Police will receive £60m cash injection to hire MORE Covid 'cops'

Police will receive £60m cash injection so they can hire MORE Covid ‘cops’ to enforce coronavirus restrictions including 10pm pub curfew

  • The huge sum will fund extra patrols by police and civilian ‘marshals’
  • It will also pay for more follow-up visits to those who are required to self-isolate
  • Ministers said extra enforcement was necessary to tackle the spike in infections 

Police and councils are to receive £60million to step up enforcement of Covid restrictions including the controversial 10pm pub curfew.

The huge sum – shared equally between forces and town halls – will fund extra patrols by police and civilian ‘marshals’, the Home Office said.

It will also pay for more follow-up visits to those who are required to self-isolate after being flagged by NHS Test and Trace or coming home from abroad.

Ministers said extra enforcement was necessary to tackle the spike in infections. 

Police and councils are to receive £60million to step up enforcement of Covid restrictions including the controversial 10pm pub curfew. Pictured: The move follows scenes of chaos in Nottingham as students spilled on to the streets after a night of drinking

But the cash allocation comes after thousands of doctors and scientists issued a strongly-worded statement outlining their ‘grave concerns’ about the impact of lockdown.

Tory backbenchers are also poised to vote against the curfew and other measures amid concern they are inflicting too much economic and social damage. 

Police chiefs made clear they would use the new resources to take action against members of the public who flout the rules.

Local councils will use the cash to ramp up enforcement checks on businesses, including issuing fines and shutting down establishments which break the rules.

It followed scenes of chaos at kicking out time in Nottingham, as students spilled on to the streets after a night of drinking.

Scuffles broke out as police tried to disperse large groups congregating outside pubs and bars after the 10pm curfew.

The huge sum – shared equally between forces and town halls – will fund extra patrols by police and civilian ‘marshals’, the Home Office said. Pictured: Large crowds gather in Nottingham after the 10pm curfew 

Nottingham, home to two universities, is on the brink of a local lockdown after cases soared. 

The city’s Covid rate has jumped to 440.1 per 100,000 people, the fifth highest in England.

Martin Hewitt, chairman of the National Police Chiefs Council, said of the new enforcement measures: ‘Our approach of engaging, explaining and encouraging people to follow the rules remains.

‘But we must be clear that we will take enforcement action against the minority who refuse to comply.’

Home Secretary Priti Patel said: ‘This extra funding will strengthen the police’s role in enforcing the law and make sure that those who jeopardise public health face the consequences. 

It will also pay for more follow-up visits to those who are required to self-isolate after being flagged by NHS Test and Trace or coming home from abroad. Pictured: Scuffles broke out as police tried to disperse large groups congregating outside pubs and bars after the 10pm curfew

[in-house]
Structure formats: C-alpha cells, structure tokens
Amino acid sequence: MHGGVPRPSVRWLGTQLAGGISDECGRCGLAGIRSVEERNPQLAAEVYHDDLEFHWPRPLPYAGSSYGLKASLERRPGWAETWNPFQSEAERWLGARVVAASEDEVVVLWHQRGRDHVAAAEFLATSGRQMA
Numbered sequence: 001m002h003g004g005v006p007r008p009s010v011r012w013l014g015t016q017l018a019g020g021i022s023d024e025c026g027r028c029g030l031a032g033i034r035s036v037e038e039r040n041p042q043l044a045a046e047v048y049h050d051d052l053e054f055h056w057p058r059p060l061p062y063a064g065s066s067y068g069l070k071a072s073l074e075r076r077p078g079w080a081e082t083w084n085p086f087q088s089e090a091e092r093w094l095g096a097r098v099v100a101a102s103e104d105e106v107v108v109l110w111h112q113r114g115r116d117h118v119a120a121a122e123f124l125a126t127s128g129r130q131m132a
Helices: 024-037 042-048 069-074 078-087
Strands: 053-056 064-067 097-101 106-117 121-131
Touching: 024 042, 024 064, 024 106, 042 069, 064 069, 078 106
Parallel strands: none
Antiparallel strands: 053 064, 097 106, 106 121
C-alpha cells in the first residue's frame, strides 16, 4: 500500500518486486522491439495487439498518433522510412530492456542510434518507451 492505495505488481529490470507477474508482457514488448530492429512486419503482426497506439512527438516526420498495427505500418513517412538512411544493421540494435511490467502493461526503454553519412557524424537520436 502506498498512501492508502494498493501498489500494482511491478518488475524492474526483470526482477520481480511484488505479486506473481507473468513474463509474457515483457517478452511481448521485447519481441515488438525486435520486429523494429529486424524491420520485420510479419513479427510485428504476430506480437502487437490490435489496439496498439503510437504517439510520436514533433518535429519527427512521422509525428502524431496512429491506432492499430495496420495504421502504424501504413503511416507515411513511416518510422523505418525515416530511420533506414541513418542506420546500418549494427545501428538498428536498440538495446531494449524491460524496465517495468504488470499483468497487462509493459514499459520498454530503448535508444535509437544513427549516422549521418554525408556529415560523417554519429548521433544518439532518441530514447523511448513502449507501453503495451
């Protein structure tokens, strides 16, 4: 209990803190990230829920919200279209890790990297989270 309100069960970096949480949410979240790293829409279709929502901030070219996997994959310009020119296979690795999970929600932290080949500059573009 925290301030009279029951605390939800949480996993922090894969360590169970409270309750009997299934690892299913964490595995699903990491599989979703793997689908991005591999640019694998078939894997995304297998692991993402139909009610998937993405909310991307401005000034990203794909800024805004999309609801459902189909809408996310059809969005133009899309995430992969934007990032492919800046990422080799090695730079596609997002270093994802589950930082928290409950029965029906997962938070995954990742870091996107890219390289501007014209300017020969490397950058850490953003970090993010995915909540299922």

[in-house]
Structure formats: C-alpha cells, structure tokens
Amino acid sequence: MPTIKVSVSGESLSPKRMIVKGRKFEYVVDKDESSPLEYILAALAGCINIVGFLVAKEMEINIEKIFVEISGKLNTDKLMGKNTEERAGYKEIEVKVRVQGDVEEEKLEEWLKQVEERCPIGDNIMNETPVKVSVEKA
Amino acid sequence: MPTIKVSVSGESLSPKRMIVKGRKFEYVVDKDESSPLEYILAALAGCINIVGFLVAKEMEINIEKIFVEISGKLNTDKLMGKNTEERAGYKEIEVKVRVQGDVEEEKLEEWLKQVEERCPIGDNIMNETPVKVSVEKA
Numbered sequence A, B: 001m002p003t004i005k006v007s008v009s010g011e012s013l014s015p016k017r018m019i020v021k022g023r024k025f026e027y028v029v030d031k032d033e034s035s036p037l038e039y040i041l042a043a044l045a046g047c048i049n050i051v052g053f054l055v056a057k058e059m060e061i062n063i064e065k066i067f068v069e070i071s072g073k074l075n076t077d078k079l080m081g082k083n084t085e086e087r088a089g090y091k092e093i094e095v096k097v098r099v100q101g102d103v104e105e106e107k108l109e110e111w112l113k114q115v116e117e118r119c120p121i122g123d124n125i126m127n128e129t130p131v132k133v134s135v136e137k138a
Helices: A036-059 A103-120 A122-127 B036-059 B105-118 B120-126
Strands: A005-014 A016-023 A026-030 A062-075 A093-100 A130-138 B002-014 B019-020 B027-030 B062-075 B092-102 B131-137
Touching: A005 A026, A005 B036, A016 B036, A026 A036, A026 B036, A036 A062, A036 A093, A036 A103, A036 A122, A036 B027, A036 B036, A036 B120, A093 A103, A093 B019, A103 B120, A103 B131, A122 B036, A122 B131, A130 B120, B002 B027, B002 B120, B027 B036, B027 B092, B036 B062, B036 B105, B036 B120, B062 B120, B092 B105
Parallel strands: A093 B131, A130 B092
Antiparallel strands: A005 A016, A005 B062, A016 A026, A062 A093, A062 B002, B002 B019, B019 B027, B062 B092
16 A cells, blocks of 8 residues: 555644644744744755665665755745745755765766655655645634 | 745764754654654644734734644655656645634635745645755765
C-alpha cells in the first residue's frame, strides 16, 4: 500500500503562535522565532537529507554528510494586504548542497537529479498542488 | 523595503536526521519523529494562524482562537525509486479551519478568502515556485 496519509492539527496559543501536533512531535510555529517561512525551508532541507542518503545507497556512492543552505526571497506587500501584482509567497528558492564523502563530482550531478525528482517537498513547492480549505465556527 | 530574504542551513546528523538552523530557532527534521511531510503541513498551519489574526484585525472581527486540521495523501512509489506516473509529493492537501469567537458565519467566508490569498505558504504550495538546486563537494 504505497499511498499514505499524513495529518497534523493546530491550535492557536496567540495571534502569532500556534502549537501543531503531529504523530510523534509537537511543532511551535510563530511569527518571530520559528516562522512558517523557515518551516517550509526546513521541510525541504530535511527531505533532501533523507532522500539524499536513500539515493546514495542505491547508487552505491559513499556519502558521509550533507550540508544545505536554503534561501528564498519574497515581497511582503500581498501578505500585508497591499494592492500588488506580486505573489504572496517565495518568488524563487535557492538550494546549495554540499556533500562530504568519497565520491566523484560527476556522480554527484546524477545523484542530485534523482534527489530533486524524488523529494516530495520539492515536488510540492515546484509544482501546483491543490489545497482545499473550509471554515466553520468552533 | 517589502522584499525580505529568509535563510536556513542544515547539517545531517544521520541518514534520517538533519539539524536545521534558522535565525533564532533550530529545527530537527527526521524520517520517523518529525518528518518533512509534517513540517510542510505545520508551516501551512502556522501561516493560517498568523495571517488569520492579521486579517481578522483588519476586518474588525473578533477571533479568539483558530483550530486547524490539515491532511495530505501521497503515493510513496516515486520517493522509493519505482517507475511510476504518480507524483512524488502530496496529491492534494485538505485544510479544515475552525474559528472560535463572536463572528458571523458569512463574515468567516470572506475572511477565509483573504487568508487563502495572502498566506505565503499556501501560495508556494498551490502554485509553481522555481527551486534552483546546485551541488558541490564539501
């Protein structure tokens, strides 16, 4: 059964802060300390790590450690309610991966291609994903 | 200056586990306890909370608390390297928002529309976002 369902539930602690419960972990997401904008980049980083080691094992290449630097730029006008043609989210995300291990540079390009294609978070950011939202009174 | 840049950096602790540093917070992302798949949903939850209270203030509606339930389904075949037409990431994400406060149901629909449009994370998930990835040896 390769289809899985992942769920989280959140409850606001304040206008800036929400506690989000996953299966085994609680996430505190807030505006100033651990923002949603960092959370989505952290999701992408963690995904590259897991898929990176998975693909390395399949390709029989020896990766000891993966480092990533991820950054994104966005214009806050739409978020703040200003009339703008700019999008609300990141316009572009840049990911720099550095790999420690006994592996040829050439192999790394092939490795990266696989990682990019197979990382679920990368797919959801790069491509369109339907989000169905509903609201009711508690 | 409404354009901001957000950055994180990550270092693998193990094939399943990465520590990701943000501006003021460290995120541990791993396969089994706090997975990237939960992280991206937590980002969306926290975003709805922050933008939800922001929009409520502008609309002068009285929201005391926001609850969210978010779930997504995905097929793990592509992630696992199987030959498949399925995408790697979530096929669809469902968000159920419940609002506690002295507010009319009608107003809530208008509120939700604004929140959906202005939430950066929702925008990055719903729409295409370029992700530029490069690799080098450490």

The £60million is expected to fund enforcement work in England and Wales for the next three months. Pictured: Nottingham students earlier this week

Some of the cash will be spent on dedicated staff to encourage compliance, including civilian marshals to do some of the work currently performed by police and environmental health officers. Pictured: Nottingham students take a selfie during their night out 

‘The vast majority of the British public has come together, followed the law and helped prevent the spread of this virus. 

‘But we’ve been clear that, with infections rising, we will not allow a small minority of people to reverse our hard-won progress.’

The £60million is expected to fund enforcement work in England and Wales for the next three months. 

Some of the cash will be spent on dedicated staff to encourage compliance, including civilian marshals to do some of the work currently performed by police and environmental health officers. 

Home Secretary Priti Patel said: ‘This extra funding will strengthen the police’s role in enforcing the law and make sure that those who jeopardise public health face the consequences’

Marshals’ duties could include reminding people to wear a mask, queue management, directing pedestrians and supporting social distancing. 

They will not be able to issue on-the-spot fines, physically restrain members of the public or restrict entry to any premises.

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Police in London will receive just under £7million from the fund, while Greater Manchester Police will get £1.7million. 

West Yorkshire is allocated £1.8million and the West Midlands £1.3million. 

Other forces, depending on size, will receive between £200,000 and £900,000.

Metropolitan Police Deputy Assistant Commissioner Matt Twist said: ‘This partnership approach is designed to target those who continually flout the rules. 

‘It isn’t fair, and all of those who have tried hard to stop the spread of the virus rightly expect us to do something. 

‘Where necessary and proportionate, we can enforce the legislation, either by fixed penalty notice or arrest.

‘By working together with local authorities, those who continue to break the rules, be they individuals or businesses, can expect to have their illegal gatherings dispersed and face the consequences of business closures or fines.’

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